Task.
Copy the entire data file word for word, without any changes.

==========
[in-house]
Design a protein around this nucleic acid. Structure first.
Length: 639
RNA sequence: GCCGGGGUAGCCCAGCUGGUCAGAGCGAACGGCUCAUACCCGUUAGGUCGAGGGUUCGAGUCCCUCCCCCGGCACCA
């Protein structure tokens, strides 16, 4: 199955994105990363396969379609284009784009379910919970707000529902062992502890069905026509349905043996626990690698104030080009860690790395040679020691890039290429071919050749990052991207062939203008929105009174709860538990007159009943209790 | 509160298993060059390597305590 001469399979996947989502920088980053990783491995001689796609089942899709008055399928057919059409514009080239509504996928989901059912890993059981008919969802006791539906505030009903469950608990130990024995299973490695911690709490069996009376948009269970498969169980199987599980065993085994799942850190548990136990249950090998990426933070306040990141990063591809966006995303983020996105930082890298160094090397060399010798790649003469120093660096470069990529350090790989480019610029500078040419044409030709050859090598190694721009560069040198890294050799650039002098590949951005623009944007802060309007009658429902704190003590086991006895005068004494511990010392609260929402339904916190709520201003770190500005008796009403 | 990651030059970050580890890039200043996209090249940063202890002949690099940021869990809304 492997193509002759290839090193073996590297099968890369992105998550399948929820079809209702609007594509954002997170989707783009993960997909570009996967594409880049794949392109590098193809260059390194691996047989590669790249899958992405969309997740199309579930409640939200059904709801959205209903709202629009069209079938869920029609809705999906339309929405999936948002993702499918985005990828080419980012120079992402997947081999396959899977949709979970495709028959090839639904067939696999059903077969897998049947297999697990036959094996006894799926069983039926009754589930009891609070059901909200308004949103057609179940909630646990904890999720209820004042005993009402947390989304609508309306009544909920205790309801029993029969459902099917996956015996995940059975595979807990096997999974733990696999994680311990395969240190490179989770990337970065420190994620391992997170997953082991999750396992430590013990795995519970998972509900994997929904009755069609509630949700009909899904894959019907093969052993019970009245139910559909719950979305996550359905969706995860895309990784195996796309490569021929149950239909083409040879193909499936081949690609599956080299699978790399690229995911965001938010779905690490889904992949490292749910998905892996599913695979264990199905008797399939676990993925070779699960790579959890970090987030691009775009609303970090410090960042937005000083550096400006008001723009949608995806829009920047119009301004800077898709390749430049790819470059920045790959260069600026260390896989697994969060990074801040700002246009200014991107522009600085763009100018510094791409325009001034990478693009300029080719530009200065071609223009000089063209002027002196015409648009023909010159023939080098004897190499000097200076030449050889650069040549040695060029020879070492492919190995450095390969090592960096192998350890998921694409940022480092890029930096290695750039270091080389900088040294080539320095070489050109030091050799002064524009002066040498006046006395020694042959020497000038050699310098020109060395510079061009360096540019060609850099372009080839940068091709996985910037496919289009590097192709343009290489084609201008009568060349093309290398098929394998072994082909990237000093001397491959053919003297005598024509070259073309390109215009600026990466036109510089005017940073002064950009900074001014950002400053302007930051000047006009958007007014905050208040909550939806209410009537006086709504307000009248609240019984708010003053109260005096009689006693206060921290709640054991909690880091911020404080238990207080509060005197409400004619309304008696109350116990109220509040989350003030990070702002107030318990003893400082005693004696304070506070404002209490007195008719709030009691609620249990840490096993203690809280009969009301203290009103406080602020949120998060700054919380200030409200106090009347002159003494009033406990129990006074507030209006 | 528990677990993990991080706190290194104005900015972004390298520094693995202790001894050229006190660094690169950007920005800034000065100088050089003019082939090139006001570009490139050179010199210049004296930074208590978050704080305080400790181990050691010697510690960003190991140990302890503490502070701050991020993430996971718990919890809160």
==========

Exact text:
[in-house]
Design a protein around this nucleic acid. Structure first.
Length: 639
RNA sequence: GCCGGGGUAGCCCAGCUGGUCAGAGCGAACGGCUCAUACCCGUUAGGUCGAGGGUUCGAGUCCCUCCCCCGGCACCA
């Protein structure tokens, strides 16, 4: 199955994105990363396969379609284009784009379910919970707000529902062992502890069905026509349905043996626990690698104030080009860690790395040679020691890039290429071919050749990052991207062939203008929105009174709860538990007159009943209790 | 509160298993060059390597305590 001469399979996947989502920088980053990783491995001689796609089942899709008055399928057919059409514009080239509504996928989901059912890993059981008919969802006791539906505030009903469950608990130990024995299973490695911690709490069996009376948009269970498969169980199987599980065993085994799942850190548990136990249950090998990426933070306040990141990063591809966006995303983020996105930082890298160094090397060399010798790649003469120093660096470069990529350090790989480019610029500078040419044409030709050859090598190694721009560069040198890294050799650039002098590949951005623009944007802060309007009658429902704190003590086991006895005068004494511990010392609260929402339904916190709520201003770190500005008796009403 | 990651030059970050580890890039200043996209090249940063202890002949690099940021869990809304 492997193509002759290839090193073996590297099968890369992105998550399948929820079809209702609007594509954002997170989707783009993960997909570009996967594409880049794949392109590098193809260059390194691996047989590669790249899958992405969309997740199309579930409640939200059904709801959205209903709202629009069209079938869920029609809705999906339309929405999936948002993702499918985005990828080419980012120079992402997947081999396959899977949709979970495709028959090839639904067939696999059903077969897998049947297999697990036959094996006894799926069983039926009754589930009891609070059901909200308004949103057609179940909630646990904890999720209820004042005993009402947390989304609508309306009544909920205790309801029993029969459902099917996956015996995940059975595979807990096997999974733990696999994680311990395969240190490179989770990337970065420190994620391992997170997953082991999750396992430590013990795995519970998972509900994997929904009755069609509630949700009909899904894959019907093969052993019970009245139910559909719950979305996550359905969706995860895309990784195996796309490569021929149950239909083409040879193909499936081949690609599956080299699978790399690229995911965001938010779905690490889904992949490292749910998905892996599913695979264990199905008797399939676990993925070779699960790579959890970090987030691009775009609303970090410090960042937005000083550096400006008001723009949608995806829009920047119009301004800077898709390749430049790819470059920045790959260069600026260390896989697994969060990074801040700002246009200014991107522009600085763009100018510094791409325009001034990478693009300029080719530009200065071609223009000089063209002027002196015409648009023909010159023939080098004897190499000097200076030449050889650069040549040695060029020879070492492919190995450095390969090592960096192998350890998921694409940022480092890029930096290695750039270091080389900088040294080539320095070489050109030091050799002064524009002066040498006046006395020694042959020497000038050699310098020109060395510079061009360096540019060609850099372009080839940068091709996985910037496919289009590097192709343009290489084609201008009568060349093309290398098929394998072994082909990237000093001397491959053919003297005598024509070259073309390109215009600026990466036109510089005017940073002064950009900074001014950002400053302007930051000047006009958007007014905050208040909550939806209410009537006086709504307000009248609240019984708010003053109260005096009689006693206060921290709640054991909690880091911020404080238990207080509060005197409400004619309304008696109350116990109220509040989350003030990070702002107030318990003893400082005693004696304070506070404002209490007195008719709030009691609620249990840490096993203690809280009969009301203290009103406080602020949120998060700054919380200030409200106090009347002159003494009033406990129990006074507030209006 | 528990677990993990991080706190290194104005900015972004390298520094693995202790001894050229006190660094690169950007920005800034000065100088050089003019082939090139006001570009490139050179010199210049004296930074208590978050704080305080400790181990050691010697510690960003190991140990302890503490502070701050991020993430996971718990919890809160």